Analysis

         Husband contends the trial court erred (1) by finding Husband in civil contempt, (2) by dismissing Husband's petition to modify child support, and (3) by awarding Wife her attorney's fees. Additionally, Wife asks us to decide whether she should be awarded her attorney's fees on appeal.[3]

         I. Contempt

         In order to prevail on a civil contempt claim, the plaintiff must establish four elements. Konvalinka v. Chattanooga-Hamilton Cty. Hosp. Auth., 249 S.W.3d 346, 354 (Tenn. 2008). First, the plaintiff must establish that the order alleged to have been violated is lawful. Id. An order is lawful if it is "issued by a court with jurisdiction over both the subject matter of the case and the parties." Id. at 355. The determination of whether a particular order is lawful is a question of law, which we review de novo with no presumption of correctness accorded to the trial court. Id.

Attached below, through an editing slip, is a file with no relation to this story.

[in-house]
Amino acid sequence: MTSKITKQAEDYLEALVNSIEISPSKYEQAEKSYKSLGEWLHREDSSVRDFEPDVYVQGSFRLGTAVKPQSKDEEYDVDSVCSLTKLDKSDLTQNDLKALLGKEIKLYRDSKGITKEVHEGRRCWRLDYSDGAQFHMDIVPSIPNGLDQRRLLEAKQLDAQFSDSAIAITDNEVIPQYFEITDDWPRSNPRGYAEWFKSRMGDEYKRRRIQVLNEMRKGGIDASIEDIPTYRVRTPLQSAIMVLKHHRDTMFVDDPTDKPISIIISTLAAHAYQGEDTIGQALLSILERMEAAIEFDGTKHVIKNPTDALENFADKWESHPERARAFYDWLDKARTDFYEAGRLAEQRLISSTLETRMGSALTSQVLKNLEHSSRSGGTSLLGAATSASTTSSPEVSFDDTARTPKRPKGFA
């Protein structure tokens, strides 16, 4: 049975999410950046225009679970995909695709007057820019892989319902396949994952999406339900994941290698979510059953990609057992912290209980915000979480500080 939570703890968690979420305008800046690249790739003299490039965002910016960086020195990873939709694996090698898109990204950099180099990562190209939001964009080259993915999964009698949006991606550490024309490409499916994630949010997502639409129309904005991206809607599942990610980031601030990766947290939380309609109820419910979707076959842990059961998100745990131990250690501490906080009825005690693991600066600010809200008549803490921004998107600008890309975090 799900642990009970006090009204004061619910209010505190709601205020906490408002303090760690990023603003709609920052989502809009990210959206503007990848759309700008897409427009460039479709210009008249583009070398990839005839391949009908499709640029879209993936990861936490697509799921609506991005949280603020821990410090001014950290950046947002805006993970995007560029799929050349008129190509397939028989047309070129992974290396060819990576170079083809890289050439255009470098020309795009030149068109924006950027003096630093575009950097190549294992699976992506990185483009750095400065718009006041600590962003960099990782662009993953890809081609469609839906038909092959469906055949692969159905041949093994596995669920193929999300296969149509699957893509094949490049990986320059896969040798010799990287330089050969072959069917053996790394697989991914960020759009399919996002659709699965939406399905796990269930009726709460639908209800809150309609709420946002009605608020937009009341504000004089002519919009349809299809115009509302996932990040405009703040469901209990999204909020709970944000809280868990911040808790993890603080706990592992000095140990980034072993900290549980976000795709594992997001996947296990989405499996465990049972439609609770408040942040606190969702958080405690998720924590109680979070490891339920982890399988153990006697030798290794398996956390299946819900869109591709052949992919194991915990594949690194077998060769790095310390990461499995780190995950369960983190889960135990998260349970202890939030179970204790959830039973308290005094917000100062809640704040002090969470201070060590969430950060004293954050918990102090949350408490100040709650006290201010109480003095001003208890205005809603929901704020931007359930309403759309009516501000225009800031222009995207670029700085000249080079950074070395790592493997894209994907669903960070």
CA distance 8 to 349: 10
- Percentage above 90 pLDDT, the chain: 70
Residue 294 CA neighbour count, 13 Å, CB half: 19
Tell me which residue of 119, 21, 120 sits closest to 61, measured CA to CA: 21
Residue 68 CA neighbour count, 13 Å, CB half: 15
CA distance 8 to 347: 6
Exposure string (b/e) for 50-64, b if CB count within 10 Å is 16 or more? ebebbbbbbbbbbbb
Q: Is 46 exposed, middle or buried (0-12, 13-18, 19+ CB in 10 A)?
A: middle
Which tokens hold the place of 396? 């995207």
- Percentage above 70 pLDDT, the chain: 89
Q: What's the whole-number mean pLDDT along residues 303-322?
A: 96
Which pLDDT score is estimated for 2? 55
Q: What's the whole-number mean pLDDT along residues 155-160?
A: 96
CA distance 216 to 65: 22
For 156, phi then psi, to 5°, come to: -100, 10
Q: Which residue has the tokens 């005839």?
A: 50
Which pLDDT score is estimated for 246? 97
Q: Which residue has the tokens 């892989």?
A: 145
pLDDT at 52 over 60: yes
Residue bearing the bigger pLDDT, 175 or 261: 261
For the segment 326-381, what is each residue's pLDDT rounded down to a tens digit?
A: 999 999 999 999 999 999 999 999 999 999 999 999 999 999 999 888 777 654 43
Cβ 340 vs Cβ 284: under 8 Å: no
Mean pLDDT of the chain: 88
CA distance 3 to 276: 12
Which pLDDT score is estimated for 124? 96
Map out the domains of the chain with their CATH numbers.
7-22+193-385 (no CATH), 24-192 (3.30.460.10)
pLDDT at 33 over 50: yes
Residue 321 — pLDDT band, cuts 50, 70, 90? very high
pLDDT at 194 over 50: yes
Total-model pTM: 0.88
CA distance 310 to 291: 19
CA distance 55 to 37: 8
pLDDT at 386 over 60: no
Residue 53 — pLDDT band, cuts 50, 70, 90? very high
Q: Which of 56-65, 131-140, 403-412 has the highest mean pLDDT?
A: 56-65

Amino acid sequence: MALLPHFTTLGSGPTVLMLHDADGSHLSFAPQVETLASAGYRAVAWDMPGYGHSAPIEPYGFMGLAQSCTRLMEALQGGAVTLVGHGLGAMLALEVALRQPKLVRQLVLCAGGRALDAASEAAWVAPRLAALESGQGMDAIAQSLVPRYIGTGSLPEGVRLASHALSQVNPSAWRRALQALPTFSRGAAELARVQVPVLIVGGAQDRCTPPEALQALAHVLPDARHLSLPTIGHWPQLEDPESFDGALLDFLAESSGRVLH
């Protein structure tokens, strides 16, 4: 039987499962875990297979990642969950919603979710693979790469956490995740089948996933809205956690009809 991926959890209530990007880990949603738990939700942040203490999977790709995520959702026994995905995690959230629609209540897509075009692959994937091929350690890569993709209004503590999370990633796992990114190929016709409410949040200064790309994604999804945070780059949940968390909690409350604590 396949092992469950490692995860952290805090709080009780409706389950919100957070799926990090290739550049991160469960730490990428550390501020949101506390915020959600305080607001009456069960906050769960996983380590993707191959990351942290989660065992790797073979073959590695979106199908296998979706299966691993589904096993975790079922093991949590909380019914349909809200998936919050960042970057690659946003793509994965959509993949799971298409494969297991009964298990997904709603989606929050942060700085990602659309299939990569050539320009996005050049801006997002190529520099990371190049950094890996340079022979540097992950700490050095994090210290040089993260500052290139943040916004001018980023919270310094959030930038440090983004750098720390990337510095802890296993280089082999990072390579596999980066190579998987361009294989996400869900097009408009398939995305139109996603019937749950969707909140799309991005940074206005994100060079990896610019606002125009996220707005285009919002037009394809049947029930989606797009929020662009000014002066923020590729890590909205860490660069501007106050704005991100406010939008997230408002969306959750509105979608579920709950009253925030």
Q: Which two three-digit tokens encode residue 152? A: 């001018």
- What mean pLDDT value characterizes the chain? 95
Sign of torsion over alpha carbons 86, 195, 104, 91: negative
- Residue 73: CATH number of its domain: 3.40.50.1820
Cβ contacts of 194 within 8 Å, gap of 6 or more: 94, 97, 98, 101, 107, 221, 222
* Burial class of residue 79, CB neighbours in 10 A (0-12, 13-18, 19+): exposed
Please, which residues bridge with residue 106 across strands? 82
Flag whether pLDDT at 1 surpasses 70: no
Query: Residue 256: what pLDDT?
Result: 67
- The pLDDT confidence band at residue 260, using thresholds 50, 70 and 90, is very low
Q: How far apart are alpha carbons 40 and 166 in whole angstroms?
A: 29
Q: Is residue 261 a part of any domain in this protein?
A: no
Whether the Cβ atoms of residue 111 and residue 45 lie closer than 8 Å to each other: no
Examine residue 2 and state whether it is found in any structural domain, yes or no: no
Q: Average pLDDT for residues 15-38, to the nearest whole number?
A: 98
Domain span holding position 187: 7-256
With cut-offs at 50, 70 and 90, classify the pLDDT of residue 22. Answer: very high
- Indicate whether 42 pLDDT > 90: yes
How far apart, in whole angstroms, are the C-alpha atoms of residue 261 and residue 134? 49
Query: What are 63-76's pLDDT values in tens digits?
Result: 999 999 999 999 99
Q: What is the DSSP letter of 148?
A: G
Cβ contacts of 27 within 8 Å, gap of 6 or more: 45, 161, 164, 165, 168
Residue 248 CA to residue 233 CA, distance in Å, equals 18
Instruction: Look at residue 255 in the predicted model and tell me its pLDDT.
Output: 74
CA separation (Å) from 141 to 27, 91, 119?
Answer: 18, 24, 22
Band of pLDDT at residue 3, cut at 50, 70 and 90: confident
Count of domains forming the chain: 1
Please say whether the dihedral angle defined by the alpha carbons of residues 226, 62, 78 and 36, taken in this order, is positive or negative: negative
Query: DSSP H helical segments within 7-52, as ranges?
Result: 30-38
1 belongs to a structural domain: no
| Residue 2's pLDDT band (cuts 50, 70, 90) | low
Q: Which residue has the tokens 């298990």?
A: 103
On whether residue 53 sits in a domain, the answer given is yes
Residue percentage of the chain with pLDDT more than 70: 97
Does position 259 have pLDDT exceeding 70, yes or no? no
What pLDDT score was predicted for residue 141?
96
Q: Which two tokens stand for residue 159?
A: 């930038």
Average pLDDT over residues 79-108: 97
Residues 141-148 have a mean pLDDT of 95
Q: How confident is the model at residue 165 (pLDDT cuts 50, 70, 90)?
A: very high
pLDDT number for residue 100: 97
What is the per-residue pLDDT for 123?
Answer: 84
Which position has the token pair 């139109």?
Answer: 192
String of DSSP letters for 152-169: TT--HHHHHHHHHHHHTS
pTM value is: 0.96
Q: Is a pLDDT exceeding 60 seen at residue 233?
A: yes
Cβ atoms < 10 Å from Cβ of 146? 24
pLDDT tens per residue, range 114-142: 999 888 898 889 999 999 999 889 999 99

Second, the plaintiff must establish that the order is clear, specific, and unambiguous. Id. at 354. "A person may not be held in civil contempt for violating an order unless the order expressly and precisely spells out the details of compliance in a way that will enable a reasonable person to know exactly what actions are required or forbidden." Id. at 355. Such a determination is a legal inquiry, subject to a de novo review. Id. at 356.

         Third, the plaintiff must prove by a preponderance of the evidence that the defendant actually violated the order. Id. This is a factual issue to be decided by the court. Id. Thus, our review is de novo, on the record, with a presumption that the trial court's factual findings are correct ...